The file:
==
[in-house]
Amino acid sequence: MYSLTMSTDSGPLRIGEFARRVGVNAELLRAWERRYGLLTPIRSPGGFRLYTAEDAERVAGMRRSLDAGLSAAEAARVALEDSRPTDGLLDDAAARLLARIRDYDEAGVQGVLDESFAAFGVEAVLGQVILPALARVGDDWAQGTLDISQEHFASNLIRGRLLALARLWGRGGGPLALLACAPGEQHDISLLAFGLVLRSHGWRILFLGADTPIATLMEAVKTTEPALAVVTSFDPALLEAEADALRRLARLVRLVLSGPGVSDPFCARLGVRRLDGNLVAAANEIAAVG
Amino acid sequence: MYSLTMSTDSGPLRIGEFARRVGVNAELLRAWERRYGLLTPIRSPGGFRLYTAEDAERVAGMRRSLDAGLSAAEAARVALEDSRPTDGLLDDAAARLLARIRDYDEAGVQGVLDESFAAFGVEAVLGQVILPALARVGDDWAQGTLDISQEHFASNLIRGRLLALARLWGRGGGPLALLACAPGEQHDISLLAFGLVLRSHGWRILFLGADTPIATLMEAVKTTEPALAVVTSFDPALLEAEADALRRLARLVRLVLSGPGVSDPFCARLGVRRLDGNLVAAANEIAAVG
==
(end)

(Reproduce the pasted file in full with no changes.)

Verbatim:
[in-house]
Amino acid sequence: MYSLTMSTDSGPLRIGEFARRVGVNAELLRAWERRYGLLTPIRSPGGFRLYTAEDAERVAGMRRSLDAGLSAAEAARVALEDSRPTDGLLDDAAARLLARIRDYDEAGVQGVLDESFAAFGVEAVLGQVILPALARVGDDWAQGTLDISQEHFASNLIRGRLLALARLWGRGGGPLALLACAPGEQHDISLLAFGLVLRSHGWRILFLGADTPIATLMEAVKTTEPALAVVTSFDPALLEAEADALRRLARLVRLVLSGPGVSDPFCARLGVRRLDGNLVAAANEIAAVG
Amino acid sequence: MYSLTMSTDSGPLRIGEFARRVGVNAELLRAWERRYGLLTPIRSPGGFRLYTAEDAERVAGMRRSLDAGLSAAEAARVALEDSRPTDGLLDDAAARLLARIRDYDEAGVQGVLDESFAAFGVEAVLGQVILPALARVGDDWAQGTLDISQEHFASNLIRGRLLALARLWGRGGGPLALLACAPGEQHDISLLAFGLVLRSHGWRILFLGADTPIATLMEAVKTTEPALAVVTSFDPALLEAEADALRRLARLVRLVLSGPGVSDPFCARLGVRRLDGNLVAAANEIAAVG